National Night Out 2019 – Tuesday August 6

Tue, Dec 22 2020, 12:07 - 1:07pm
National Night Out

National Night Out

National Night Out is a joint community/police program that provides information, educational materials and technical assistance to community groups to help develop an effective year-long partnership between the community and local law enforcement.  Sponsored by the National Association of Town Watch (NATW), the goal is to reduce crime, violence and substance abuse at the community level.

On August 6, millions of Americans in towns and cities from coast to coast will meet together in their neighborhoods to personally get involved in the fight against crime. National Night Out helps create crime prevention awareness in the neighborhood through a multitude of events, such as block parties, cookouts, parades, contests, youth events and seminars.

The NATW offers a number of services to communities that participate in National Night Out.  It provides community leaders with a variety of “how-to” materials, including program guidelines, tips, questions and answers, camera-ready artwork, sample press releases and a National Night Out proclamation. 

I’ll be attending the following events and hope to see you there:

Rampart Community Police Station
1401 W 6th Street
Los Angeles, CA 90017
Starting at 6 p.m.

Pershing Square
532 S Olive Street
Los Angeles, CA 90013
From 5 – 9 p.m.

Hollenbeck Community Police Station
2111 E 1st Street
Los Angeles, CA 90033
From 5 - 8:30 p.m.

LAPD Olympic Station
1130 S. Vermont Ave
Los Angeles, CA 90006
From 6 – 9 p.m.

1658 W. 23rd Street
Los Angeles, CA 90007
Starting at 8 p.m.

FAQs for National Night Out

QUESTION:  How can people use the "National Night Out” logo?

Answer:   The "National Night Out" (NNO) names, logos, marks and themes are registered trademarks of the National Association of Town Watch (NATW).  In accordance with federal regulations, the name or logo may not be used on any garments or any other promotional products.  The NNO logos and related artwork may be used with flyers, posters, newsletters, press releases, etc.  Use by any commercial, for-profit company, except for recognized and approved NATW/NNO sponsors, is strictly prohibited.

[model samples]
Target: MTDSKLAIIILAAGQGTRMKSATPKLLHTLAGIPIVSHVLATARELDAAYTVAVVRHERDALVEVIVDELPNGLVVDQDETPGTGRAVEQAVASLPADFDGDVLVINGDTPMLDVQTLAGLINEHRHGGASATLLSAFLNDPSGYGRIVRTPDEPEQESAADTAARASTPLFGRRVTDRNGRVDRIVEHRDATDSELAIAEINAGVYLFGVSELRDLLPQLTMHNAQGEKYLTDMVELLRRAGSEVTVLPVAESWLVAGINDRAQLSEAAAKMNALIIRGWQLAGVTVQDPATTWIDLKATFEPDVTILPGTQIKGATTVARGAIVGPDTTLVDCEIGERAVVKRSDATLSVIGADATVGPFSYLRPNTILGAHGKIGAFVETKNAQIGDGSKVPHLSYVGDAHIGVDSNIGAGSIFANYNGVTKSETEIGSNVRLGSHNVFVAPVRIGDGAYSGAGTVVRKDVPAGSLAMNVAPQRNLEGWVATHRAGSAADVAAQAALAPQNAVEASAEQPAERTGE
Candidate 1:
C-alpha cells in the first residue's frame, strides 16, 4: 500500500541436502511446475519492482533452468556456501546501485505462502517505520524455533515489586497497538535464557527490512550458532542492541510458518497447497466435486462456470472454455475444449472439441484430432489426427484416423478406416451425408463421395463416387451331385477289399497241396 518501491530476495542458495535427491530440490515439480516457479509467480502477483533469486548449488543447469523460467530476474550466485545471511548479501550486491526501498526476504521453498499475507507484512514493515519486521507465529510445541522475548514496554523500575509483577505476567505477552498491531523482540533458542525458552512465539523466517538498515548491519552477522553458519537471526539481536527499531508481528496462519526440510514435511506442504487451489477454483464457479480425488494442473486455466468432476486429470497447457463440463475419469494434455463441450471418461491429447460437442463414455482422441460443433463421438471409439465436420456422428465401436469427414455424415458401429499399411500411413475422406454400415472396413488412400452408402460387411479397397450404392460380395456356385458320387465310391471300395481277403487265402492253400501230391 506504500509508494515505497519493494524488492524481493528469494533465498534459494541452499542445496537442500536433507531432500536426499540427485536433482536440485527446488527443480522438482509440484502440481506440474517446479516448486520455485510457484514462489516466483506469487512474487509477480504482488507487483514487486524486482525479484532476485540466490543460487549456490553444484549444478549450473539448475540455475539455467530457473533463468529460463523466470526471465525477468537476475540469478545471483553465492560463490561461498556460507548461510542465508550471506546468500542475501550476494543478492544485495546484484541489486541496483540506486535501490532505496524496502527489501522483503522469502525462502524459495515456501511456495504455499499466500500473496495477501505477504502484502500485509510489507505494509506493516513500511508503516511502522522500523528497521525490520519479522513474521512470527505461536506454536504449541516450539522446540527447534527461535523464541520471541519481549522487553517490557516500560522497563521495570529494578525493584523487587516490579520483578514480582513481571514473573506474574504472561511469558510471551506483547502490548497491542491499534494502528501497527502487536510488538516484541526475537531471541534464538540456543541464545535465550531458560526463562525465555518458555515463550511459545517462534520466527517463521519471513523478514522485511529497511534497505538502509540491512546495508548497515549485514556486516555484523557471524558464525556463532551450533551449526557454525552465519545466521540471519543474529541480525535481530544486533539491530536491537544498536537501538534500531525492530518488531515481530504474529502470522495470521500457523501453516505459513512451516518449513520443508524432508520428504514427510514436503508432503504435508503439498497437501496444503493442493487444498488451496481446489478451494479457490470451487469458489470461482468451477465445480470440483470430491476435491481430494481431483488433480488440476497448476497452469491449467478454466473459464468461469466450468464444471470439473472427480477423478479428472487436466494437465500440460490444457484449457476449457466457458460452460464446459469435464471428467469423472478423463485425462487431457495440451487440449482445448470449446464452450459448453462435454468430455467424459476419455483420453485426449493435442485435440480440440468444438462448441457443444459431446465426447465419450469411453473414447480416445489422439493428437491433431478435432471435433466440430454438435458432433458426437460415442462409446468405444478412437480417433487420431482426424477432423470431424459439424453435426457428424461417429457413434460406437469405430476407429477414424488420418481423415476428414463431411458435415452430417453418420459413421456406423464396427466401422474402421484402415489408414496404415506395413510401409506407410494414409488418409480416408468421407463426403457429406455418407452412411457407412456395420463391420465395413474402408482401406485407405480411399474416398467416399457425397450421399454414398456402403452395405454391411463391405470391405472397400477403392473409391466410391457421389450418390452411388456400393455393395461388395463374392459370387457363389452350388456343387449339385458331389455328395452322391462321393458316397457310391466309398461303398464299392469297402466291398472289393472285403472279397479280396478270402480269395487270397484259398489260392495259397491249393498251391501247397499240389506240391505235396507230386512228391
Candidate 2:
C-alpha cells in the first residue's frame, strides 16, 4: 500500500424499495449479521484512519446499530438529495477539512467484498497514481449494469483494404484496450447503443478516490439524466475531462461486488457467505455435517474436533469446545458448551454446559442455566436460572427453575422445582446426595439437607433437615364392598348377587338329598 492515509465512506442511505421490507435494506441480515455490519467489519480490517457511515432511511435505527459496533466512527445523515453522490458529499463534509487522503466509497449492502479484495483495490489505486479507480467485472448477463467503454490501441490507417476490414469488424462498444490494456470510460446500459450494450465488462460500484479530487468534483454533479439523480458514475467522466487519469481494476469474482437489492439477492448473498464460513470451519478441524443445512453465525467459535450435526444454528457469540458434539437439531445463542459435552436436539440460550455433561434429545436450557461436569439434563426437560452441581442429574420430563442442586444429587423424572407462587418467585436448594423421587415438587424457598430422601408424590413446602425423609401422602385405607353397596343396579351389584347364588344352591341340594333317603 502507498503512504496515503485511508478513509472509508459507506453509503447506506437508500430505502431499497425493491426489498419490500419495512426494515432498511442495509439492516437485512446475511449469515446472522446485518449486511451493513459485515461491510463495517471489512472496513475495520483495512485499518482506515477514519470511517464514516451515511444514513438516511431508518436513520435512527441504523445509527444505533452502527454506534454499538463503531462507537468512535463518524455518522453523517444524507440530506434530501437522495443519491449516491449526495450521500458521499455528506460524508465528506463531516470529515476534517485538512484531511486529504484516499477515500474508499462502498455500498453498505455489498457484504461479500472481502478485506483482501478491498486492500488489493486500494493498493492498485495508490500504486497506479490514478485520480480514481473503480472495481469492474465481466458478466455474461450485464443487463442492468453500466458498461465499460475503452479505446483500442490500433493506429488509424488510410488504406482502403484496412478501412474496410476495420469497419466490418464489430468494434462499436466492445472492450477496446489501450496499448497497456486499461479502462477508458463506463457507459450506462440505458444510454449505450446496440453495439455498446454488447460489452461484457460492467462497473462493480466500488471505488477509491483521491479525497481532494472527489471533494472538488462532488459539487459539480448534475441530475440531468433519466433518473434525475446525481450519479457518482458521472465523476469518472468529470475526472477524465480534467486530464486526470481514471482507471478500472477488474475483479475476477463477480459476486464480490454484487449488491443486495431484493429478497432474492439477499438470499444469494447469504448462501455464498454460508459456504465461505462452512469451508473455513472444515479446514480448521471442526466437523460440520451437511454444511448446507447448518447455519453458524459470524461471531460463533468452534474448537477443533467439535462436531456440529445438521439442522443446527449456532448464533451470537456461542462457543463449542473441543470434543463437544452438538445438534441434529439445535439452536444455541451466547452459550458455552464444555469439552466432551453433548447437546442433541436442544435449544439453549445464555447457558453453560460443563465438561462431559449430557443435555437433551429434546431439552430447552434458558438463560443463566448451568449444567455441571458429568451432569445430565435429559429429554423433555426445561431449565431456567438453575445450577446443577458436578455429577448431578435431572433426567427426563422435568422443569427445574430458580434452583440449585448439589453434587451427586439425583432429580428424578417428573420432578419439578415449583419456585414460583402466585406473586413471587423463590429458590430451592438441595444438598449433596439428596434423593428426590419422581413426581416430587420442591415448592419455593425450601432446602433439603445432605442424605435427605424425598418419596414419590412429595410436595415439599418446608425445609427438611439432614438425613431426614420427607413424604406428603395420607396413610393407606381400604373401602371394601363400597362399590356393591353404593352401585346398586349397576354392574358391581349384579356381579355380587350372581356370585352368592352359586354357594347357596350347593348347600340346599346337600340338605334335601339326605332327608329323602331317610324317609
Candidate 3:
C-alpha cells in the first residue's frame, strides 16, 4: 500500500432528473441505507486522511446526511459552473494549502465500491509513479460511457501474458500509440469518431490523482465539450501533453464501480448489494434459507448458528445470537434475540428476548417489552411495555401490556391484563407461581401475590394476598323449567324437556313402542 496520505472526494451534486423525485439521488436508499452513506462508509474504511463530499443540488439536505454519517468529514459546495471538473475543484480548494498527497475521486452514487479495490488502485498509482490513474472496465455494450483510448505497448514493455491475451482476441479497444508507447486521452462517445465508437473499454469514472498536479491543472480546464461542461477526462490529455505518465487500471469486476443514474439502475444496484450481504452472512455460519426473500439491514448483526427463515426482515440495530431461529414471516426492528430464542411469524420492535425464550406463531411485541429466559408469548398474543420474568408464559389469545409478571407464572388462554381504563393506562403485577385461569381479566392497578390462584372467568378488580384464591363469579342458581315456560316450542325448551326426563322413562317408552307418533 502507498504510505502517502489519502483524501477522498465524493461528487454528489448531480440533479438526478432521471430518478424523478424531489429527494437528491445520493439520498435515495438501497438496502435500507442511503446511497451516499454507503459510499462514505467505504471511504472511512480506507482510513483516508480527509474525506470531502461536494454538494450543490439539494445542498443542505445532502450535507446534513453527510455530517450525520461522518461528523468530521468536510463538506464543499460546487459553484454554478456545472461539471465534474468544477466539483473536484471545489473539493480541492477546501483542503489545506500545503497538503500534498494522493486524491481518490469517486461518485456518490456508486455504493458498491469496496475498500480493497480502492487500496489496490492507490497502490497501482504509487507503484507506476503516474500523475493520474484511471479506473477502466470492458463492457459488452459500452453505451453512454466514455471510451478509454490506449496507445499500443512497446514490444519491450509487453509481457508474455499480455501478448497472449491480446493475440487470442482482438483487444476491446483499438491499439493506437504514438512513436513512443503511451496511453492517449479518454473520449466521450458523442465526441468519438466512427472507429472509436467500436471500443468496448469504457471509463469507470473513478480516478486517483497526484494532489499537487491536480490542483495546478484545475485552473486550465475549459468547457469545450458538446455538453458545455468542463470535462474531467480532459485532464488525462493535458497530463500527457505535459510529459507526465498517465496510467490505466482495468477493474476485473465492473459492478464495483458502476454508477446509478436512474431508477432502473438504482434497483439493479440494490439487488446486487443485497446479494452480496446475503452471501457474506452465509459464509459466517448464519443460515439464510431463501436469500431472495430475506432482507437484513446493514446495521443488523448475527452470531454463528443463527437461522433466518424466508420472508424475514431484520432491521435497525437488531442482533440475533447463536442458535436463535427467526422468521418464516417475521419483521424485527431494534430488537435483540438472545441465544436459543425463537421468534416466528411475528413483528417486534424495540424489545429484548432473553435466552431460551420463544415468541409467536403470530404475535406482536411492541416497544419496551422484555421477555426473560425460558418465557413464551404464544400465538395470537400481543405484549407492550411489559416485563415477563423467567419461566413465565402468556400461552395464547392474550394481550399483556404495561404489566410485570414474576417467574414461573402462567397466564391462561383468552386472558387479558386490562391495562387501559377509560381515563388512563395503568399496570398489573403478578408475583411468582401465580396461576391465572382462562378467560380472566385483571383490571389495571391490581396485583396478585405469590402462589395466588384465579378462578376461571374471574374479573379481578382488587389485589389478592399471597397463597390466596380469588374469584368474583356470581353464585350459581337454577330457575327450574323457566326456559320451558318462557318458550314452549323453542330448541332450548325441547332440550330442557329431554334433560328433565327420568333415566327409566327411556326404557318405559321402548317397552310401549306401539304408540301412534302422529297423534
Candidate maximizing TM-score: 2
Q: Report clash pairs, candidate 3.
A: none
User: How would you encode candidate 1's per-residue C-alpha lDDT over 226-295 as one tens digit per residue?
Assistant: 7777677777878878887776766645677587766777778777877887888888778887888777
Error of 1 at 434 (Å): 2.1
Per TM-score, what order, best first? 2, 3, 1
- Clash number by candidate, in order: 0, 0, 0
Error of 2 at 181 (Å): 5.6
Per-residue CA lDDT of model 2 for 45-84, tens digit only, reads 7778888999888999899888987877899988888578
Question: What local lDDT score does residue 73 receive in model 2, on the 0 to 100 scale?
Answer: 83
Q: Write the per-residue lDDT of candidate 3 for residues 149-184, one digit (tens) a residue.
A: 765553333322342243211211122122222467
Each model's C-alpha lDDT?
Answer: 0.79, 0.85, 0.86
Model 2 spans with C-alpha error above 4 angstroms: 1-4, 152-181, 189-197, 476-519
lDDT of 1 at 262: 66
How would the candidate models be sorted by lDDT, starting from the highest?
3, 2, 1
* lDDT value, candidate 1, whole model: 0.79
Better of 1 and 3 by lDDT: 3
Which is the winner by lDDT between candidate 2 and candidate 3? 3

QUESTION:  Is NNO only for already established watch areas?

Answer:  No. The NNO is for all blocks and neighborhoods in any communityExisting Watch areas will likely be the best participants, but NNO can help with tough-to-organize areas.  The NNO is most effective when it is an area-wide effort.

QUESTION:  Can activities begin earlier than 7 p.m?

Answer:   Certainly.  The listed hours of 7 to 10 p.m. are only a suggested time frame.  Some areas begin their activities at noon, some during the late afternoon, and some start at 6 p.m.  The day/night should be tailored to best accommodate the community.  Early starts are fine.  Late starts (after 7 p.m.), though, can be a problem, because residents will have already settled into other evening activities.

QUESTION:  The sun does not set in the community until after 9:00 p.m.  Does that matter?

Answer:   No.  The fact that the sun does not set until a particular time should not affect the scheduling of your activities.  The illumination of porch lights is symbolic.  They can be on at 7 p.m. or 8 p.m. -- regardless of whether darkness has fallen.

QUESTION:   Should individual blocks register with NATW -- or should they be registered locally?

Answer:  In most cases, there is no need to have individual blocks register separately if the city/area/community has already registered with NATW.  If it is an exceptionally large area, or if there is some reason that the neighborhood cannot be communicated with effectively, then have them register individually.  Call the NATW office if there are questions.

QUESTION:  What is the best way to keep track of the various participating blocks and neighborhoods?

Answer:  One effective way is to develop a "Participation or Pledge Form" to distribute to block captains, neighborhood watch leaders, and other local coordinators.  Instruct participants to list activities that they are planning: where, what time, approximately how many people, etc.  Set a date for the form to be returned.  As an incentive, include a question asking if the community/neighborhood/block would like a visit from an NATW officer (or perhaps the police/sheriff's department and the Assemblymember).

QUESTION:  How can neighboring cities and towns get involved in NNO?

Answer:  Encourage a representative to contact the NATW office, or contact the NATW.

Additional information is available at